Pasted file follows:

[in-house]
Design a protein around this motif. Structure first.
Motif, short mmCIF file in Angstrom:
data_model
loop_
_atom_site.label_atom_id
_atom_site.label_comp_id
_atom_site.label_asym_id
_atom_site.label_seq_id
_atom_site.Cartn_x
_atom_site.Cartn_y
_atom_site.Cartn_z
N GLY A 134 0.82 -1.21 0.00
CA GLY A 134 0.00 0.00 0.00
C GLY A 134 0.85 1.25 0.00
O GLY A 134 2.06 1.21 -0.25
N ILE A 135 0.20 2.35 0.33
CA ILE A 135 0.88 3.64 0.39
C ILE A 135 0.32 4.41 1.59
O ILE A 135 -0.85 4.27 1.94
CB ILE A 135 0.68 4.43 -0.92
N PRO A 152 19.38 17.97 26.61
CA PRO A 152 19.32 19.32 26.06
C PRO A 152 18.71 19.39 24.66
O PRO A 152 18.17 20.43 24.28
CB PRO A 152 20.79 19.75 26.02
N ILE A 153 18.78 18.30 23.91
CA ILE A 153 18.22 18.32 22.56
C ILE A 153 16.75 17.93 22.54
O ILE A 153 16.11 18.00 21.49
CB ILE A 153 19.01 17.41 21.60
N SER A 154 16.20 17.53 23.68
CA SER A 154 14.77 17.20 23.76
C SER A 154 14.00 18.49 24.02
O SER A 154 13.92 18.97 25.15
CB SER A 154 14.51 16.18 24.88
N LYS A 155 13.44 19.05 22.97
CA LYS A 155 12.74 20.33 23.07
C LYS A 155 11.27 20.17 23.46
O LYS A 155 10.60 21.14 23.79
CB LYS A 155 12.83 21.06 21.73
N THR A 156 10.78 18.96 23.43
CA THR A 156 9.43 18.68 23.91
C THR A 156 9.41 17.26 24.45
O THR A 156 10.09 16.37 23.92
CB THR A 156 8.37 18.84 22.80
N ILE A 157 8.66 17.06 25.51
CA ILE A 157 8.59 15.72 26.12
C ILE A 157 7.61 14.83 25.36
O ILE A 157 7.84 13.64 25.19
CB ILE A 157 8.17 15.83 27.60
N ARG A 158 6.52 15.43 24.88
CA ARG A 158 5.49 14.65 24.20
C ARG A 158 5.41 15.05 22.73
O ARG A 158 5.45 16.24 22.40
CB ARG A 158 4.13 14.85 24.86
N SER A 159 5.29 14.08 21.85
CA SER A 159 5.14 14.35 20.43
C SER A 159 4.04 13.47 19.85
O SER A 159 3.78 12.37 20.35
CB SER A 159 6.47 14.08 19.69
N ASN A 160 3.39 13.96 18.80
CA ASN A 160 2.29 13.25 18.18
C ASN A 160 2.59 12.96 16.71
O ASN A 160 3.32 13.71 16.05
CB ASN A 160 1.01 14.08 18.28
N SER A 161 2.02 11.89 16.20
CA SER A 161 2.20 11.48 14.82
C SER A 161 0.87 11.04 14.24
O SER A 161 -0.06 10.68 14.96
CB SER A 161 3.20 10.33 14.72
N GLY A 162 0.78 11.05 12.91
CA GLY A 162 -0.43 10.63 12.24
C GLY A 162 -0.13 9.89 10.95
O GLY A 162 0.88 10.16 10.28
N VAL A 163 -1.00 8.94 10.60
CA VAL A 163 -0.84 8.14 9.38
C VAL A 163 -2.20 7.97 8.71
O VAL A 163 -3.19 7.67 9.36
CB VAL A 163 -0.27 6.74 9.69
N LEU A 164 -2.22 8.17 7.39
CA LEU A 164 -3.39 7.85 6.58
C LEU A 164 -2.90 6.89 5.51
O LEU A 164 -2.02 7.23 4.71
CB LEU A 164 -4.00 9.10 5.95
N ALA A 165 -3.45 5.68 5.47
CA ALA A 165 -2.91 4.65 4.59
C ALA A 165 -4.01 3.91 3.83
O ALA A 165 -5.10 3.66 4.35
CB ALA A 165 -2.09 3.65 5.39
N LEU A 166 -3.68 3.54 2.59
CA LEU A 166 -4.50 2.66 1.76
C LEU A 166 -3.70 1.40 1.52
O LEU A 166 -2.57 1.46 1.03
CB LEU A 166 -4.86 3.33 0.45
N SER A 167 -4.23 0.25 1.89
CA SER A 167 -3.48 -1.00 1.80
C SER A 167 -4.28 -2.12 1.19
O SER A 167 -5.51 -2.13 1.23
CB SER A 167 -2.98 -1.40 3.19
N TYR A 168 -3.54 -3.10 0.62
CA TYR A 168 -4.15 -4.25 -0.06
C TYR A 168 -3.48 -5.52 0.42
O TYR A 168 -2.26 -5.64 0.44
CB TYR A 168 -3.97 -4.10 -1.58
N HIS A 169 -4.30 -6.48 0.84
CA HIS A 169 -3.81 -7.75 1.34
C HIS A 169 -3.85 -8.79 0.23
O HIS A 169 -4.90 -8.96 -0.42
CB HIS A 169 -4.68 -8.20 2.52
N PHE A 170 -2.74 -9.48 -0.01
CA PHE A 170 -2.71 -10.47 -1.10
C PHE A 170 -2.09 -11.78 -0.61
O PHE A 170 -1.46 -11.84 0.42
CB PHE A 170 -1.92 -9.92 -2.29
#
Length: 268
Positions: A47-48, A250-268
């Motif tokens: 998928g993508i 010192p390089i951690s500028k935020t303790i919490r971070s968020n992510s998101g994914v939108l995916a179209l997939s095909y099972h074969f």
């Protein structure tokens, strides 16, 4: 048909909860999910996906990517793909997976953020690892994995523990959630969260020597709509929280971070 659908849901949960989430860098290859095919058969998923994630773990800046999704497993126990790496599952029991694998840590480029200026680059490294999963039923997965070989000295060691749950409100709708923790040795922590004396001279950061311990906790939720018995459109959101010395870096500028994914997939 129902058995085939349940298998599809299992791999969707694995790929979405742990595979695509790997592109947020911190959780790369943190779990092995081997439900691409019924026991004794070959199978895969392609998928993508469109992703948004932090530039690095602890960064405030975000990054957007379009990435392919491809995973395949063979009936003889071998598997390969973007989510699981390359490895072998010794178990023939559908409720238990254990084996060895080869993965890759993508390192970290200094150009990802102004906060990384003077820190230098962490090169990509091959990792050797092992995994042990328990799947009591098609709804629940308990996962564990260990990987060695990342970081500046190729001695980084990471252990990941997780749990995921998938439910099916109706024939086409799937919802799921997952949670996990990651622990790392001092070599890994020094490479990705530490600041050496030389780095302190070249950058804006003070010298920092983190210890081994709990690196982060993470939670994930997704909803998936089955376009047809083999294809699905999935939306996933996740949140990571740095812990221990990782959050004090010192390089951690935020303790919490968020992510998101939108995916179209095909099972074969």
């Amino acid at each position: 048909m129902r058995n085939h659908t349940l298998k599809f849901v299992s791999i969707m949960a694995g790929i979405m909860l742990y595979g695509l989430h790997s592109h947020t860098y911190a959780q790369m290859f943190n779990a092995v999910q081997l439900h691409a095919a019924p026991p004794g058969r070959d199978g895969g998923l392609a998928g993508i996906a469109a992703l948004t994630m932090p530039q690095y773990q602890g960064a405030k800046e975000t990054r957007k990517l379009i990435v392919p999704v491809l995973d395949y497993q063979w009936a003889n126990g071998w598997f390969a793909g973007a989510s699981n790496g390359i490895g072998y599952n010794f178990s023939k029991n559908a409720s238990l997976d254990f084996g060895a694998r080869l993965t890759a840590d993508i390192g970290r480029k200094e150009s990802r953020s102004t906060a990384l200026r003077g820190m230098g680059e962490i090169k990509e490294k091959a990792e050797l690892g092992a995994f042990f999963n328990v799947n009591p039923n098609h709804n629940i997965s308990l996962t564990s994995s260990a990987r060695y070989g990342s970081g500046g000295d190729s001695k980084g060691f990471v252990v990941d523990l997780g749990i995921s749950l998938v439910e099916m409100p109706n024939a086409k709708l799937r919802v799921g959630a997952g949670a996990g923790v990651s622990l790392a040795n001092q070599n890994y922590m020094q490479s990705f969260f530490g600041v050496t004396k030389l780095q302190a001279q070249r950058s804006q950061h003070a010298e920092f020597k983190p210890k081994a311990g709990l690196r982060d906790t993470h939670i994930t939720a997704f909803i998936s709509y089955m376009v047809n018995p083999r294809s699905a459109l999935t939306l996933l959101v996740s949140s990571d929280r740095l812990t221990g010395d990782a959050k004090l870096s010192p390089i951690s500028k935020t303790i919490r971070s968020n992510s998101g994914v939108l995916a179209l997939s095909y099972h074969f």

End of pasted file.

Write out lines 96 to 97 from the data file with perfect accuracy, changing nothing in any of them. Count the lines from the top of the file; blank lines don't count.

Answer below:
N SER A 167 -4.23 0.25 1.89
CA SER A 167 -3.48 -1.00 1.80